The importance of meter accuracy means uniformity in seed singulation, uniformity of seed spacing and accuracy of plant population.
• One double planting of seeds per 1/1,000 of an acre over a 17’ 5” row length can equal a 2.8 bushel loss in yield.
• Crop Tour found 1.1 bushel/acre loss per percent loss in seed singulation in 2016 but multi-year research indicates that a one percent loss in seed can equal a two to 2.5 bushel per acre yield loss.
The AGCO Crop Tour also looked at emergence in another way–planting depth. Planters were set to plant from one inch to 3.5 inches in half-inch increments. Too shallow of a planting depth can put seeds at risk for late emergence due to not having all of them in consistent moisture. In most fields, the moisture line varies; for example, if the moisture line varies from two inches deep to one inch deep, and you set the planter to plant at 1.5 or 1.75 inches, there will be some seeds in drier soil. Getting below the deepest spot in the moisture line will place every seed in consistent moisture. Planting shallower than 1.5 inches also results in poor nodal root formation, making it difficult for the plant to access moisture and nutrients. Plant too deep, and there is the potential for poor germination due to cooler soil temperatures and delays in emergence and seedling vigor from the plant having to use stored seed energy to produce a longer mesoctyl.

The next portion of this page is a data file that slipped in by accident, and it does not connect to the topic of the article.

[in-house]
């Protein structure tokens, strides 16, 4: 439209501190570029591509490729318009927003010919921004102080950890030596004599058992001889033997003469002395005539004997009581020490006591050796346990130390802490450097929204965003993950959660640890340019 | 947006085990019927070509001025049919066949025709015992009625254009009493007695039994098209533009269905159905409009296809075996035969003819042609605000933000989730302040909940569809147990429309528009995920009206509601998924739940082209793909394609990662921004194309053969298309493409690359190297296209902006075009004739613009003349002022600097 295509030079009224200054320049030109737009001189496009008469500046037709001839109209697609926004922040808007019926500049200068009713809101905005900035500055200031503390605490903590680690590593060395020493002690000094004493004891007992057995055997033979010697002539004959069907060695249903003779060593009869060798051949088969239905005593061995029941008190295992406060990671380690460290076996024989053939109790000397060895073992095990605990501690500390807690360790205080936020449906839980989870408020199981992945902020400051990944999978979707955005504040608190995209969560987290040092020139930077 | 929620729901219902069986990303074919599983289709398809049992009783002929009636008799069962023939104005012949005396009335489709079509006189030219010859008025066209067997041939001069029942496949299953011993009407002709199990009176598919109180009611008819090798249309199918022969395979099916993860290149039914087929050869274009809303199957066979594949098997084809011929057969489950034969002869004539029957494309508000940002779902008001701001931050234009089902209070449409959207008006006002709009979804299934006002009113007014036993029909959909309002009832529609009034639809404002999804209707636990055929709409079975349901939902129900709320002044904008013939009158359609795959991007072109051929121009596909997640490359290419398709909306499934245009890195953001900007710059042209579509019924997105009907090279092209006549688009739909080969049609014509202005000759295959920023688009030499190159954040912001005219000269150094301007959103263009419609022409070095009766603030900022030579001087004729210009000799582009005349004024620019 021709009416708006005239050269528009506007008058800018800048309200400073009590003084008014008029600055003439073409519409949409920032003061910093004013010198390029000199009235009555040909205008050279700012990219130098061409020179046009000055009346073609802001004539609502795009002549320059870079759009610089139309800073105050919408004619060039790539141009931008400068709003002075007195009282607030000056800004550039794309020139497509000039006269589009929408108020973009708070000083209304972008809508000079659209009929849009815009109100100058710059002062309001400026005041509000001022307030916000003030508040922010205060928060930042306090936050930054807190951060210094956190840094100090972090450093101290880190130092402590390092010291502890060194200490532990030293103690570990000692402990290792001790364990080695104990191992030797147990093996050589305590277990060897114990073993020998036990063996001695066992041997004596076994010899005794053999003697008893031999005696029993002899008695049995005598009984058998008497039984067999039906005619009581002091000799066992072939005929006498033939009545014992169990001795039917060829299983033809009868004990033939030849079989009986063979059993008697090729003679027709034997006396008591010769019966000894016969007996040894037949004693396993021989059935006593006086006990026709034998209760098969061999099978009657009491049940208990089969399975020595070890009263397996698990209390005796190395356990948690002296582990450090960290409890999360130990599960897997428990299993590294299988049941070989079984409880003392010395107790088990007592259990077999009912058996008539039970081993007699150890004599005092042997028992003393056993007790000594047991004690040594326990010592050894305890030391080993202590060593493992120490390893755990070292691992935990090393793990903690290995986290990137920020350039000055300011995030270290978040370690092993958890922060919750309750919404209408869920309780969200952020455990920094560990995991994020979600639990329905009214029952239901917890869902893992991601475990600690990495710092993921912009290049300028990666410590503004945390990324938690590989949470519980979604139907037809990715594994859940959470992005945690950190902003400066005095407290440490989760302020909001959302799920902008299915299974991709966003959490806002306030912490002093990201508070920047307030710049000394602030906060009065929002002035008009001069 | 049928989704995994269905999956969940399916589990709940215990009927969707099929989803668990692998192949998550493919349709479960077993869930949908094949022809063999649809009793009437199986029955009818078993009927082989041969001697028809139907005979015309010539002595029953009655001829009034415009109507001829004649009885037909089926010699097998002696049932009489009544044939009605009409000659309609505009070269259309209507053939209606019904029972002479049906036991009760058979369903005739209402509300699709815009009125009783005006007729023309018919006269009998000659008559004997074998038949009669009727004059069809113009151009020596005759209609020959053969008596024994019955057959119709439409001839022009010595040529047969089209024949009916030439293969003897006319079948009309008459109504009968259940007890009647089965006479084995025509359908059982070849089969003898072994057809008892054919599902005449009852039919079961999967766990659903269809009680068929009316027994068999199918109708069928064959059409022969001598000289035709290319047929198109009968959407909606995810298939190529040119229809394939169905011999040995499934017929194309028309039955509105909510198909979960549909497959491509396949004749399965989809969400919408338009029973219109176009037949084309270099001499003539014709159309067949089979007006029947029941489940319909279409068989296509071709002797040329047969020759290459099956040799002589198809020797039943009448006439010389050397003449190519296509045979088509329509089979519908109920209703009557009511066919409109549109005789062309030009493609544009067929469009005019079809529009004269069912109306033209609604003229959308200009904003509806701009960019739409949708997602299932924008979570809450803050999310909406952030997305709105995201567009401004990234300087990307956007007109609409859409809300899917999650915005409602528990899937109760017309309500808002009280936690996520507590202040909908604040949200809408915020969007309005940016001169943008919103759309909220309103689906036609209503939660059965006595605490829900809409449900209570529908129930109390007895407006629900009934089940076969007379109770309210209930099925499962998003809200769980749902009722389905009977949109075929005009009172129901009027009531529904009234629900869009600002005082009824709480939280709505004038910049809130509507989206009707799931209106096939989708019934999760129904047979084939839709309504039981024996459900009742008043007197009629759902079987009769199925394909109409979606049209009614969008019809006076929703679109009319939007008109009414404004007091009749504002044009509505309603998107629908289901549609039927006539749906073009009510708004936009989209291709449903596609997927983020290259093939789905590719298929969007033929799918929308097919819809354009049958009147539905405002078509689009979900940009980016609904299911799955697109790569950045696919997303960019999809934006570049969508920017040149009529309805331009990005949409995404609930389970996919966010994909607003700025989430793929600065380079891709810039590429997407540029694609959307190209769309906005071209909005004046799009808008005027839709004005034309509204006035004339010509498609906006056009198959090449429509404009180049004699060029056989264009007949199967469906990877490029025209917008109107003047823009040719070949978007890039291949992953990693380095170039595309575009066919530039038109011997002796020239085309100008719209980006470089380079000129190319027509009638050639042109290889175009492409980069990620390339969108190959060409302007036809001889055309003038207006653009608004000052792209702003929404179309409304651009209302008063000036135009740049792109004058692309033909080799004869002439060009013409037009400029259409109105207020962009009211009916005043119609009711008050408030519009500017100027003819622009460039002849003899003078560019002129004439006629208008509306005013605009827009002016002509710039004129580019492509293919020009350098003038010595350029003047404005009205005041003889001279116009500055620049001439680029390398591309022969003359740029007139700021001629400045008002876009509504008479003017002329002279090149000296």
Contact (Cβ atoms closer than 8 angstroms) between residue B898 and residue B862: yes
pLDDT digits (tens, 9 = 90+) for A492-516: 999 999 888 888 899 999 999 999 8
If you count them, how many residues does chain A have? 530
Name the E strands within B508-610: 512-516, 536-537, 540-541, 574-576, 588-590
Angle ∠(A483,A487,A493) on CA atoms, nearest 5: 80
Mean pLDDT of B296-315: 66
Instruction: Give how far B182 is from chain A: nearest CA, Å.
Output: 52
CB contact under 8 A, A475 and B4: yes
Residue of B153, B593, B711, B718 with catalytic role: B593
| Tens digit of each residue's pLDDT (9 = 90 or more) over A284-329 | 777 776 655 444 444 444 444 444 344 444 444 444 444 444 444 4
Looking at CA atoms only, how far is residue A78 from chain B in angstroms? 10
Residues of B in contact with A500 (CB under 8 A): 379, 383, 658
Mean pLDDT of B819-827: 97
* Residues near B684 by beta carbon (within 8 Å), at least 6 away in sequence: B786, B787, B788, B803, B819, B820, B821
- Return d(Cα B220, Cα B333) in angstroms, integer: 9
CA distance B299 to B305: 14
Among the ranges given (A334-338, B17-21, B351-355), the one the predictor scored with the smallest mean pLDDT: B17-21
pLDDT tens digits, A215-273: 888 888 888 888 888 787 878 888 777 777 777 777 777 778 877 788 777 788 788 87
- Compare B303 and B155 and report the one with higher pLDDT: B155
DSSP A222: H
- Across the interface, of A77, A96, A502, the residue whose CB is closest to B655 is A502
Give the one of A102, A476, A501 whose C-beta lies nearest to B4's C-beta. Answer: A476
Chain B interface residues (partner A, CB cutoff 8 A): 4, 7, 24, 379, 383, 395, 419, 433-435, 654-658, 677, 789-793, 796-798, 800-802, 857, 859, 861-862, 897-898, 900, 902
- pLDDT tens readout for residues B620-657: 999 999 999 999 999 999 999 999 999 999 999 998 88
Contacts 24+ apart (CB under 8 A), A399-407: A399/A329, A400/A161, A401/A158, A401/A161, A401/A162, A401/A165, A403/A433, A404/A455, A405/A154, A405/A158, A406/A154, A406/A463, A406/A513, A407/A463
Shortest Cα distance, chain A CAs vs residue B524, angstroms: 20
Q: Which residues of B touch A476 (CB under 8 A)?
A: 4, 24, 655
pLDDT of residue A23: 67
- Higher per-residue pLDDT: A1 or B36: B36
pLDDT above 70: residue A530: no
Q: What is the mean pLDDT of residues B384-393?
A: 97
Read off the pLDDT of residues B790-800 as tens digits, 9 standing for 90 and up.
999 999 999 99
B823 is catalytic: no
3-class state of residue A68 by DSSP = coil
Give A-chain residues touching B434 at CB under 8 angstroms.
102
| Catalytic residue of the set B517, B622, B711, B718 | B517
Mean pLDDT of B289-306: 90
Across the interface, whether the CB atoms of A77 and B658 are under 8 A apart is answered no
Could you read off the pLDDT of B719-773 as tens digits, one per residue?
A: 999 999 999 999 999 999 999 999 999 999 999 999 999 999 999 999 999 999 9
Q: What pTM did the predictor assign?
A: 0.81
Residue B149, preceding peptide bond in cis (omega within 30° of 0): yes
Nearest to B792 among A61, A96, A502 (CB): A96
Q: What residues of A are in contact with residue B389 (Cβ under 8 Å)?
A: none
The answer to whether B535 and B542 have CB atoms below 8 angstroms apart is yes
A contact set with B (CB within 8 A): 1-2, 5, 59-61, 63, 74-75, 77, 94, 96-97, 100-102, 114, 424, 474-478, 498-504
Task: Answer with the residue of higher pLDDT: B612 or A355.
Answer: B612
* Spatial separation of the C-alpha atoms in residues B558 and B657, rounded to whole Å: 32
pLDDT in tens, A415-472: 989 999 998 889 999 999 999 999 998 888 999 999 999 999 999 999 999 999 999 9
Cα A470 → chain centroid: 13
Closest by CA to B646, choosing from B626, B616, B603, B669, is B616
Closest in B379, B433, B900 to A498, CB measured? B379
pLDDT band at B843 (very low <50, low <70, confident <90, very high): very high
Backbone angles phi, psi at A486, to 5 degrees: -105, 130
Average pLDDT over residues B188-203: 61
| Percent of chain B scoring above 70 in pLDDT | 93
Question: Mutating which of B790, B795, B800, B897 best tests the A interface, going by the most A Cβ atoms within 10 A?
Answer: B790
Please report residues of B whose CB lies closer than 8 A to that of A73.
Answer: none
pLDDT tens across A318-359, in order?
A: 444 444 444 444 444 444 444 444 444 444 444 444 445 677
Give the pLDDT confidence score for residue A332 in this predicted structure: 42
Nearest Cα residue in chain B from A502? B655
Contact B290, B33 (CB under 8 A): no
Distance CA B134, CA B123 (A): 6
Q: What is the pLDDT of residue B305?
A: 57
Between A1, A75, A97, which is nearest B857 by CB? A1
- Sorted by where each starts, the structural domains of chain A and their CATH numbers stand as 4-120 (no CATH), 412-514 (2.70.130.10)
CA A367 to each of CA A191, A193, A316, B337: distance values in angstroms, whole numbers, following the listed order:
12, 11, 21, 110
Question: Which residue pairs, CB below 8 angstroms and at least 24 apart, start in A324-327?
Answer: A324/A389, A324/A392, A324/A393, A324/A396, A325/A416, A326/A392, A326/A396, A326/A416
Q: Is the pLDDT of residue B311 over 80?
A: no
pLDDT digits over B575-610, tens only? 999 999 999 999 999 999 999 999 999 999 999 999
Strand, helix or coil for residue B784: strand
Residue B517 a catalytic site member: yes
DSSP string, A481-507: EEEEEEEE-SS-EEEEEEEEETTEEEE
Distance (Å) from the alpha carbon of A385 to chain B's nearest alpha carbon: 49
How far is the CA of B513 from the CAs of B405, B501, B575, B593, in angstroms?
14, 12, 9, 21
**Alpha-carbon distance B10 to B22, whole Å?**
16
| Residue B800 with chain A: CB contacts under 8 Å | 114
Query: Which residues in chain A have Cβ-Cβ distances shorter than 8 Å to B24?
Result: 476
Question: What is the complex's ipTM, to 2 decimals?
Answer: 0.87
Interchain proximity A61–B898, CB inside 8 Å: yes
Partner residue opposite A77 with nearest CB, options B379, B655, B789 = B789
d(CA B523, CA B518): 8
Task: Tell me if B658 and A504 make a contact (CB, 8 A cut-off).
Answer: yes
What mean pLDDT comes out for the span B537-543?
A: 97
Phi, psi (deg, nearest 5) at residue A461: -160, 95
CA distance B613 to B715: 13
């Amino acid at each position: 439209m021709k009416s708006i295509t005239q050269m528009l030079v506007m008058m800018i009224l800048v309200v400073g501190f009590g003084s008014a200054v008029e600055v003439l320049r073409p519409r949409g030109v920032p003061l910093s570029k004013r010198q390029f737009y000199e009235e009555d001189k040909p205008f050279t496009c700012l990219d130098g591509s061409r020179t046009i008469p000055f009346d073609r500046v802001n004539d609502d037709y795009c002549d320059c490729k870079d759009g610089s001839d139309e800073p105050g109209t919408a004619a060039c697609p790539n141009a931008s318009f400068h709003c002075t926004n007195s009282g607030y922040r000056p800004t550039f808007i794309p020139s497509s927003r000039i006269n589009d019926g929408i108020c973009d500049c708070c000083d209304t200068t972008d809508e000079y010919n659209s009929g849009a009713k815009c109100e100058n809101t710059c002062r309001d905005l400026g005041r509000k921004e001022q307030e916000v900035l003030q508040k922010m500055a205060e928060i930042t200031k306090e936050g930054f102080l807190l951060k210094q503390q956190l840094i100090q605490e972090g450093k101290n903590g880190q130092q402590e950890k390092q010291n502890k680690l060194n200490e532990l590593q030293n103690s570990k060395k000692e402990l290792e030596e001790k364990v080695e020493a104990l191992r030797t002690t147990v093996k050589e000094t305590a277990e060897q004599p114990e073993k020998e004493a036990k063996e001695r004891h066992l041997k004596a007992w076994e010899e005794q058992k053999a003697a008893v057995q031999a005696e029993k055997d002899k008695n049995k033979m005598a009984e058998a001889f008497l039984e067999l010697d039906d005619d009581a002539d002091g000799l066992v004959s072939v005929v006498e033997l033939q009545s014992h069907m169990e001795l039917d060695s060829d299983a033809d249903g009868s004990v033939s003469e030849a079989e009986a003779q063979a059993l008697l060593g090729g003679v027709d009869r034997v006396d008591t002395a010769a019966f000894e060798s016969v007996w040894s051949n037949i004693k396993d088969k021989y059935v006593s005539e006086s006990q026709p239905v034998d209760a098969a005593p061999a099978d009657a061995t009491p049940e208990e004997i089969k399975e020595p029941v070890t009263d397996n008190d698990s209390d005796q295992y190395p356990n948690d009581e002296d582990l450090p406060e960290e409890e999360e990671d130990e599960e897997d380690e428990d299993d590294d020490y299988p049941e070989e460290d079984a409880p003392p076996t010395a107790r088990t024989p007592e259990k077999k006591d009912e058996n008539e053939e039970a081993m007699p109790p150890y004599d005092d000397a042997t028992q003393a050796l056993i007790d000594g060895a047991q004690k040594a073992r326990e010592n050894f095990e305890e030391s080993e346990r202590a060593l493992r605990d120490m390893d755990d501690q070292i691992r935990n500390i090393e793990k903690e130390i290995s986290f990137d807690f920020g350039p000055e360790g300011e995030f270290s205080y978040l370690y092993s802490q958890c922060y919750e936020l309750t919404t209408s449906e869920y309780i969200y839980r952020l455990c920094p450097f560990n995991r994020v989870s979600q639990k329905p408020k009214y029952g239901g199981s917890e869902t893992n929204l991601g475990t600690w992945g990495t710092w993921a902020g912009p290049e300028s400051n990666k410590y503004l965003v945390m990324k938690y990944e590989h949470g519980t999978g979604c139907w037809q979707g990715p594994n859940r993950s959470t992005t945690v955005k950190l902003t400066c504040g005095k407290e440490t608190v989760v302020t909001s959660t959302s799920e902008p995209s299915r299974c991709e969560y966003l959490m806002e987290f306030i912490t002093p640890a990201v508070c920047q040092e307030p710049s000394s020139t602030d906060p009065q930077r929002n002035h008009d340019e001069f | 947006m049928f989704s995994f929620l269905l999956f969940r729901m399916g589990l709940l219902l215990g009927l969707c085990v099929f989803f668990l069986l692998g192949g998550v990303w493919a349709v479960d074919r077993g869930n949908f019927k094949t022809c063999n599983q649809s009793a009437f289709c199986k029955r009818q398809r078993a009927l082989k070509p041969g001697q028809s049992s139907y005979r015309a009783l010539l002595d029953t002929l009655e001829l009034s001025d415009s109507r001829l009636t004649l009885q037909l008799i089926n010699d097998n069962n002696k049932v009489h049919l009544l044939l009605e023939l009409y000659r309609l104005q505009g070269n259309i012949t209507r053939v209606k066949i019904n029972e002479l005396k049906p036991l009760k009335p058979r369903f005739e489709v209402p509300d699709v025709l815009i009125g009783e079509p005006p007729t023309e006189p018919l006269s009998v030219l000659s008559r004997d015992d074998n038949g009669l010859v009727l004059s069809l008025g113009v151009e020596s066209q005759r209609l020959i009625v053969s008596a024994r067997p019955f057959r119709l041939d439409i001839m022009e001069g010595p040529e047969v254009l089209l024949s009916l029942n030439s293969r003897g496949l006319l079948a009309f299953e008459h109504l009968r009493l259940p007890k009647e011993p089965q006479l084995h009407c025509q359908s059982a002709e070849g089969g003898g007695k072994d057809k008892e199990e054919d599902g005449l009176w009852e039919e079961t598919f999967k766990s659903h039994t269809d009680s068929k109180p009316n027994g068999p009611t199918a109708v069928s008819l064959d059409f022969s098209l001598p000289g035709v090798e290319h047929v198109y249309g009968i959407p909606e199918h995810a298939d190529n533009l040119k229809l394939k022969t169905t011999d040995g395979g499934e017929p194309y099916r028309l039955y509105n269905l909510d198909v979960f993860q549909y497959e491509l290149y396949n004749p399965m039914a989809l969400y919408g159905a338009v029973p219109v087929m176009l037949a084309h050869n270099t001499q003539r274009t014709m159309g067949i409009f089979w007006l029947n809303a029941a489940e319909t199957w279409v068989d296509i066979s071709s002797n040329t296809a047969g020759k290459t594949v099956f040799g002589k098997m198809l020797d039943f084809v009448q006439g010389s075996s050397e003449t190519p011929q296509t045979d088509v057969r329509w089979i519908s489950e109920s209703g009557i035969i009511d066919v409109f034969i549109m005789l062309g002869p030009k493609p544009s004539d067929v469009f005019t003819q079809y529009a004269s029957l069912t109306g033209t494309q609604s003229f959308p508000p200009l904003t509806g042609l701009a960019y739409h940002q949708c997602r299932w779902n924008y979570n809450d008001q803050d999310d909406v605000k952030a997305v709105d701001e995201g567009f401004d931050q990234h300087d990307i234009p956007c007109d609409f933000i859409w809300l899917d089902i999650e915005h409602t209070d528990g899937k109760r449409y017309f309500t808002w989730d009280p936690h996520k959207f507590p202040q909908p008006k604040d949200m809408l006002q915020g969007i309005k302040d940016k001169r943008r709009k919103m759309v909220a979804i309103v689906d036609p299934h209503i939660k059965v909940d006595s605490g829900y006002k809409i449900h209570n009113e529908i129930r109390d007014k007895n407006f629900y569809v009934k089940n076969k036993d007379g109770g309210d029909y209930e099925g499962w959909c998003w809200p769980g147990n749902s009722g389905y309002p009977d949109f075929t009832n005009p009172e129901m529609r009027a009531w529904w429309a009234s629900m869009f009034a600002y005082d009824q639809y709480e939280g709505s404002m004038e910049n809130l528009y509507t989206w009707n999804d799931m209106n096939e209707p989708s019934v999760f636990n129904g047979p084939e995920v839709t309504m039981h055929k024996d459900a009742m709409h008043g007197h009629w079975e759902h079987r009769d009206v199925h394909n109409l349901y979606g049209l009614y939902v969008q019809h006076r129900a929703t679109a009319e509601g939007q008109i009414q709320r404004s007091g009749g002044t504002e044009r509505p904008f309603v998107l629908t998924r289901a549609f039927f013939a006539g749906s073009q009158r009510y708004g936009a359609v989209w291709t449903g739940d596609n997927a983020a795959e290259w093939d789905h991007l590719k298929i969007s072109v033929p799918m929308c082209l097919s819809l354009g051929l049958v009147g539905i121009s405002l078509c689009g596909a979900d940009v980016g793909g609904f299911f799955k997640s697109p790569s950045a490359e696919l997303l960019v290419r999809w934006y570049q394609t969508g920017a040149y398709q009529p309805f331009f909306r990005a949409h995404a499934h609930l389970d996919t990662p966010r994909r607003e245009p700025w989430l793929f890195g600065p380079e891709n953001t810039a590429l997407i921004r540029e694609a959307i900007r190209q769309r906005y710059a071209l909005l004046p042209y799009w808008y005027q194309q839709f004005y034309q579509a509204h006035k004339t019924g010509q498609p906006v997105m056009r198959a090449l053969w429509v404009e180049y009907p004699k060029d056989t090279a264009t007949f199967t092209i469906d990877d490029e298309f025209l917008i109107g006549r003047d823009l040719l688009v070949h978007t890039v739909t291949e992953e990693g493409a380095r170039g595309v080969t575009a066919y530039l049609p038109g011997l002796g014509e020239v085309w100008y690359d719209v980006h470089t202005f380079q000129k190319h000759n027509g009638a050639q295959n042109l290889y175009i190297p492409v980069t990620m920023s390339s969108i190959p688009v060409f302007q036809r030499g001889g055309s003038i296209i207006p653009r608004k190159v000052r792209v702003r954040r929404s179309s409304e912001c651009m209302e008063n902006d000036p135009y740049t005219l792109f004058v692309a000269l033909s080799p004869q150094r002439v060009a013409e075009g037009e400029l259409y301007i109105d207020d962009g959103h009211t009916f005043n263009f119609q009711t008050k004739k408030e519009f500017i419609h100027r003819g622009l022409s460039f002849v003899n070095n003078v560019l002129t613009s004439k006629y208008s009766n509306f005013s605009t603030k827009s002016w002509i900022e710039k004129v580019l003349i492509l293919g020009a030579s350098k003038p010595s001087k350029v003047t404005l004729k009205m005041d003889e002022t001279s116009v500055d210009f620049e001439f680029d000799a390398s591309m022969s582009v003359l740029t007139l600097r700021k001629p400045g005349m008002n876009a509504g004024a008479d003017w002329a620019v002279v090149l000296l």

In the seven plots, either two inches or 2.5 inches yielded the highest. Planting shallower than 1.5 inches resulted in a 15 bushel per acre yield loss across seven sites. Planting deeper than 3 inches resulted in a 36 bushel per acre yield loss. The sweet spot was between 1.5 inches and 3 inches in 2016.
Overall, you want to select a depth that places every seed in moisture. Some farmers believe that a seed planted closer to the soil surface will emerge faster; however, that comes with the risk of poor nodal root formation and can lead to inconsistent emergence if soil moisture is limited. Getting the correct planting depth is key.